by Ed Pearson, USA
Quite frankly, I am confused!
In. April of 1987 I received a communication from Ignace de Haes about “A World Peace Tax Fund.”
In February of 1988, I received an invitation to the “Second International Conference on Taxes For Peace.” This letter was signed by Trix van Vugt and Ignace de Haes. I immediately accepted this invitation and made my plans to attend.
In May of 1988, I received a letter about the progress of the “Second International War Tax Resistance Conference” from Trix and Ignace.
In July of 1988, I received a memorandum about the “International Conference.” And in September I received a yellow covered booklet of information about “The Second International War Tax Resistance Conference.”
I would like to understand the ‘hows and whys’ of the changes in the name of this conference.
I agree with Mr. William Shakespeare that a rose by any other name would smell as sweet. But my experience of more than two decades on the issue of military taxation has taught me that we are perceived by the public according to what we call ourselves. Honey creates a sweeter image than vinegar.
I prefer be thought of as a ‘peace taxpayer’ rather than a ‘war tax resister’. (I have attached some material to describe this position in greater detail.) The word ‘resister’ in English means ‘to work against’ or ‘to fight off.’ I believe that our image is better served and our potential for success greater if we identify ourselves as persons supporting peace rather than fighting war. I do not believe that it is possible to fight for peace. That is a contradiction in terms. Certainly while we are fighting, we are not at peace. And after the fight is over, 5000 years of recorded history has clearly proved that fighting only leads to more fighting.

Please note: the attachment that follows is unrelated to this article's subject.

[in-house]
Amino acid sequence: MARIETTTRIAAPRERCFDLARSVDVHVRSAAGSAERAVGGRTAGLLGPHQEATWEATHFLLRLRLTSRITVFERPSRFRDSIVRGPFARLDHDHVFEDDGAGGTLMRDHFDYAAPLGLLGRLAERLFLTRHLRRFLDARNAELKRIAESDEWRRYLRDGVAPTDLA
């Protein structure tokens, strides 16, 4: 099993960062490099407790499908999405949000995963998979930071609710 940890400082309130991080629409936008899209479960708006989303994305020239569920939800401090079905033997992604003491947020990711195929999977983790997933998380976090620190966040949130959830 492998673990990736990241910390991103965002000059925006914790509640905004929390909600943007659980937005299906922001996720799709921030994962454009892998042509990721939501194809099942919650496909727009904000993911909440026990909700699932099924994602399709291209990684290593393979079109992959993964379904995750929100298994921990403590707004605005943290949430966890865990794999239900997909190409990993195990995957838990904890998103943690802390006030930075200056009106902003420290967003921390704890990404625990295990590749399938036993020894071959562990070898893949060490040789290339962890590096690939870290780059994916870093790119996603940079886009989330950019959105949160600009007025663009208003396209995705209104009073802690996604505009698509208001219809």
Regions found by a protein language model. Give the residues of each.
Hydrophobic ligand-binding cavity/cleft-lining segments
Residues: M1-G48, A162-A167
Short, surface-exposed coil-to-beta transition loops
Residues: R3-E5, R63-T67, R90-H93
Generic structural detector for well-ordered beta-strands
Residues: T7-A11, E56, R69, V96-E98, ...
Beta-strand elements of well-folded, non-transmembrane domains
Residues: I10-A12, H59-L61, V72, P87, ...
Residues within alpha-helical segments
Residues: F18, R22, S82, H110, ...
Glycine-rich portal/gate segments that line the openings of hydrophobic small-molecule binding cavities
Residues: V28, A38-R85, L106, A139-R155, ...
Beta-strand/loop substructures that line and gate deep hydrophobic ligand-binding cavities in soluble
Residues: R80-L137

I remember driving through Germany on my way to our first international conference and being aware of how the many soldiers I saw along the road would react to me if they knew I was going to a conference called “No Money for the Military.” I feel very strongly that we should describe ourselves in positive terms and tell others what we stand for rather than emphasizing what we are against.
I formally request that the question of our name be put before the entire conference for a decision. Shall we identify ourselves as ‘peace taxpayers’ or ‘war tax resisters’?